On the American frontier in the early days people were, and had to be extremely self sufficient. One common technique for
making quilts was to card wool into batts and then sew material (usually cotton) on each side of it. The upper, more visible
side, was then decorated by hand with personally chosen designs. The under side often was left plain. The quilt in the picture
above has a batt of raw wool more than one inch thick in the center of it.
There is a story about how this quilt came to be shown on our morganclan.com website. Mary Morgan's son James was staying
with her at her house on Dove Avenue in Rigby, Idaho. One morning Mary asked James to help her clean out the garage. He agree.
Since she had gotten up early and eaten breakfast, she went out to start the job while James ate breakfast. When James came
out onto the back porch on his way to the garage he looked down into the garbage can. He spotted the old quilt and immediately
pulled it out. Mary had started the garage cleaning early and had thrown the old quilt into the garbage. And then she had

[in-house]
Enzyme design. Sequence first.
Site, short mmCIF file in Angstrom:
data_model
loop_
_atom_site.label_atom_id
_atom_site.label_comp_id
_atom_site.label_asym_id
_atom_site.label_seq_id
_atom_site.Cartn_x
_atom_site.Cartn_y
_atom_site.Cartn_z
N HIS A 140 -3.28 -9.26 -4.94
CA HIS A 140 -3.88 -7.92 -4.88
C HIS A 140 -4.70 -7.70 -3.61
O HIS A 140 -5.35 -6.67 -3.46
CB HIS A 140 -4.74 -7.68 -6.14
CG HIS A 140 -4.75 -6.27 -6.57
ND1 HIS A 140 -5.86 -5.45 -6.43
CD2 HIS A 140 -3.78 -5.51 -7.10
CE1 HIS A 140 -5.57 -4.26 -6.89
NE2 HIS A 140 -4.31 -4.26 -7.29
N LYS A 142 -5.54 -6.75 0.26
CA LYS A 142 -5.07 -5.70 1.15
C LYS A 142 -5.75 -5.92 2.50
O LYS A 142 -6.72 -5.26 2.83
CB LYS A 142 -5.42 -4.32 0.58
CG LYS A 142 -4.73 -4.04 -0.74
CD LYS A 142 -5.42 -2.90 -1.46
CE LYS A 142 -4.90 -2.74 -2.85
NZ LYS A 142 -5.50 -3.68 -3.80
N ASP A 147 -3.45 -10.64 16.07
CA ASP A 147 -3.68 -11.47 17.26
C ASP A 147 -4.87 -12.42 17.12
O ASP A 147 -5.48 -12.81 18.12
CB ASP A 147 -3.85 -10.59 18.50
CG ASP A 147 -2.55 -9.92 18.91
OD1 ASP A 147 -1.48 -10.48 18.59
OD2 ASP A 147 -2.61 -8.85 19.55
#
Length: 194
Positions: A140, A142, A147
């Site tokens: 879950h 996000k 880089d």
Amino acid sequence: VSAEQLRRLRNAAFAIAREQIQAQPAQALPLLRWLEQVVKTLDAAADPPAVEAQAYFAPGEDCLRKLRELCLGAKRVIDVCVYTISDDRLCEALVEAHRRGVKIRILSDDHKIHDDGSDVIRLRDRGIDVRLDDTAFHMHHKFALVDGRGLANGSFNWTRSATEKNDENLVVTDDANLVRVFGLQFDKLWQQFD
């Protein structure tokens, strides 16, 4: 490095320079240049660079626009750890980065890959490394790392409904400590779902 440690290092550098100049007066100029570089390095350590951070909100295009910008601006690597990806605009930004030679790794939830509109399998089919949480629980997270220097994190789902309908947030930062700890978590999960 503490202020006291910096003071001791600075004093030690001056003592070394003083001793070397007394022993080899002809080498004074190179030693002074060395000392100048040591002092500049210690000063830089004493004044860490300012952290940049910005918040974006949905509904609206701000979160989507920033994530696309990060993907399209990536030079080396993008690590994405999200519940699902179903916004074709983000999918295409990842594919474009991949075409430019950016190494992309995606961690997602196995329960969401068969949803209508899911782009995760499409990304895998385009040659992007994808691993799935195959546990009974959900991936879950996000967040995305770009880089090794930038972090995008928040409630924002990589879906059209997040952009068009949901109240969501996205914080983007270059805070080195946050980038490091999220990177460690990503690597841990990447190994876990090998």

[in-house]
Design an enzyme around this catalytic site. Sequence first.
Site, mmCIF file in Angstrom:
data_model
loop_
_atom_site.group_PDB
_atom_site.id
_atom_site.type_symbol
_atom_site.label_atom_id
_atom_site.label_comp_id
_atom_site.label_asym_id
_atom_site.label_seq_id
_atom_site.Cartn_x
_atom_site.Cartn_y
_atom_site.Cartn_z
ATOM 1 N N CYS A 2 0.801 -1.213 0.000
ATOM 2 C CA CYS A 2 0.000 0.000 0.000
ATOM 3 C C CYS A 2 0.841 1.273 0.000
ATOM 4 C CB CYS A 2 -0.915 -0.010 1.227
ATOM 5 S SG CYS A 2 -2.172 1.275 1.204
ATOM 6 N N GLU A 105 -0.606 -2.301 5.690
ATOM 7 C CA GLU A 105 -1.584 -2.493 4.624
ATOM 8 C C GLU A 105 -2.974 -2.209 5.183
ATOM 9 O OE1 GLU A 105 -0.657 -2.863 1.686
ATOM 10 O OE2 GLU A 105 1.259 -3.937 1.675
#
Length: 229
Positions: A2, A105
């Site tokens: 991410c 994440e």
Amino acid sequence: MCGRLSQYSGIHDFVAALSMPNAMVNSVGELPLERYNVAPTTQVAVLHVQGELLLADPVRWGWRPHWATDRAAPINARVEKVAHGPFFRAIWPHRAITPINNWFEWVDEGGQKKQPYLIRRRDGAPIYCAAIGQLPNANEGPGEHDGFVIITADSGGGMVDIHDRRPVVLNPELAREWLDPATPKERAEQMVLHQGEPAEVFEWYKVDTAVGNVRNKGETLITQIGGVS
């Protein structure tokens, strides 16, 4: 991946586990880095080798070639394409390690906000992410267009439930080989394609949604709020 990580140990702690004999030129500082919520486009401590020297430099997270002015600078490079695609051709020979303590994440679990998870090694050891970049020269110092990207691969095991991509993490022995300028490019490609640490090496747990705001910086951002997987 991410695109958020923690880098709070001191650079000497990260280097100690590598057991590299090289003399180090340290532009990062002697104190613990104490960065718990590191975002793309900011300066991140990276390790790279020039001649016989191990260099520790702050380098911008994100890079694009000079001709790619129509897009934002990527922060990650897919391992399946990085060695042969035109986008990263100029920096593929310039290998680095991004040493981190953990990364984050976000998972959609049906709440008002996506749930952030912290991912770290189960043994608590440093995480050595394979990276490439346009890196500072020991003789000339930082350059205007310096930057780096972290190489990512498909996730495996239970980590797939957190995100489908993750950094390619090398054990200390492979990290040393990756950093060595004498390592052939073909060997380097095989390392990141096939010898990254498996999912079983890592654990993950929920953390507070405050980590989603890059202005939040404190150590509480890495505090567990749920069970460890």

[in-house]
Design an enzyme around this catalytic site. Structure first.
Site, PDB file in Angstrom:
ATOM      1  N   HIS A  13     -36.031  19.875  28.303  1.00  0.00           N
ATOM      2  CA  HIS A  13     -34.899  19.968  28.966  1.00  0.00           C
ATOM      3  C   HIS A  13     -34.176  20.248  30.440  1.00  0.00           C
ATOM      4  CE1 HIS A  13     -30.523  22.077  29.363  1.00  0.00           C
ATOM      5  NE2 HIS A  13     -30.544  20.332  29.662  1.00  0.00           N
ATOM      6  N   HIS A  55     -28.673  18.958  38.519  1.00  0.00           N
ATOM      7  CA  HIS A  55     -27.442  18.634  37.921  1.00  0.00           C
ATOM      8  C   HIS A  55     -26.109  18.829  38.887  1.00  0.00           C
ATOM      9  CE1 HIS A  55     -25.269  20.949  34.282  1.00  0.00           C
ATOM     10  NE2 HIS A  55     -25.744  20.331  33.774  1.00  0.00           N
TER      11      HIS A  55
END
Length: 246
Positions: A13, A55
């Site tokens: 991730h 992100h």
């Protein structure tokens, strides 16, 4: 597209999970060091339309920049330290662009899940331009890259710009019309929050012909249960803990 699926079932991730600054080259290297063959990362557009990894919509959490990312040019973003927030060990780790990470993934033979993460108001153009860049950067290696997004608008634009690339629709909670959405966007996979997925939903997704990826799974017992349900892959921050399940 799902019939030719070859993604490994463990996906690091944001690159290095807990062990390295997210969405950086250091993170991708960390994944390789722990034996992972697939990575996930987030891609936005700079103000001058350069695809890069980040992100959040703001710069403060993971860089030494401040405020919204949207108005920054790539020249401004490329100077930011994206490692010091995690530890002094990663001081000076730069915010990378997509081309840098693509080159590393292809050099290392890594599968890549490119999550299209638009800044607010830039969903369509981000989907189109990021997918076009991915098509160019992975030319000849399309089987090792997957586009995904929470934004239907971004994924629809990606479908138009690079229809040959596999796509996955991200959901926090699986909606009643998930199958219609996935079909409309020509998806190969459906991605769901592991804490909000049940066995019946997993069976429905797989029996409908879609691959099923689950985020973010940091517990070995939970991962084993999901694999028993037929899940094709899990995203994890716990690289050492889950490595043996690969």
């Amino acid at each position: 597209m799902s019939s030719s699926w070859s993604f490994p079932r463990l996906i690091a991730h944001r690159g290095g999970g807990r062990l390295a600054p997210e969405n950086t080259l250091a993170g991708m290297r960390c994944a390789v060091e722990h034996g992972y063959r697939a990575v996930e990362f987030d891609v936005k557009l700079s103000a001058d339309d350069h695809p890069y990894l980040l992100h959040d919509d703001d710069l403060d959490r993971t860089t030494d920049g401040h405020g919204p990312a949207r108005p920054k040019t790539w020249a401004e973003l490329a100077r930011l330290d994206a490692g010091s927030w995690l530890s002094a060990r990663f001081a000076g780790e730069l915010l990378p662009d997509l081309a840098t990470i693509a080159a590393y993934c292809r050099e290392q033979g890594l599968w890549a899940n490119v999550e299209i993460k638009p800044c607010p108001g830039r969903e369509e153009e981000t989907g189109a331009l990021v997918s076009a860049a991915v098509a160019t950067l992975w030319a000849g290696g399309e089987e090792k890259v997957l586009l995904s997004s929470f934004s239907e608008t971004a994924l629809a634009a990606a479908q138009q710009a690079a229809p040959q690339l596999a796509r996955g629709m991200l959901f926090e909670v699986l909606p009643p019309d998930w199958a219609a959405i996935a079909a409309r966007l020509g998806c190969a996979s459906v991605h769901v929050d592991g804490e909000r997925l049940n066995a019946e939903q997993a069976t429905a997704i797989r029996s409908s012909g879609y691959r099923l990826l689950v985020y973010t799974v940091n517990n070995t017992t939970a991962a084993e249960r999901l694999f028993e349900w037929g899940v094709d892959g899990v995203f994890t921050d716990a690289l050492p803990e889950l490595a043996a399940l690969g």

thrown more garbage into the can and there was tomato juice spilled on the quilt. James asked if he could have the quilt and
she replied something to the effect of "yes you can have that old thing." Needless to say, the old quilt was cleaned
Mary Morgan grew up on the farm in hard times and experienced plenty more hard times after she married and moved to another
farm with Kenneth Morgan. During her life many new work saving "miracles" came into her life. Electricity. Telephones.
Automobiles. In her personal life history she calls the clothes washer a miracle in her life that freed her from enormous
amounts of drudgery. As a result of this process she did not like the "old" things and once they had been replaced
by something newer and better, she was quick to throw the old stuff away. In her old age she had no love for antiques. They
reminded her of the hard times. She liked the new things.
Further comment on the old timers throwing away the old technology when the new came in. When James Morgan was living in Stevensville,
Montana in the 1970's he bought a singer sewing machine that was run by a foot treadle. When he took it to the older Singer
dealer in Hamilton, Montana to ask about obtaining parts, the Singer dealer told of having hauled the Singer Treadle sewing
machines to the dump by the pickup load after the electric sewing machines became available. People traded in the treadle
machines as fast as they could for next to nothing, and the dealer, having no use for hundreds of them, hauled them to the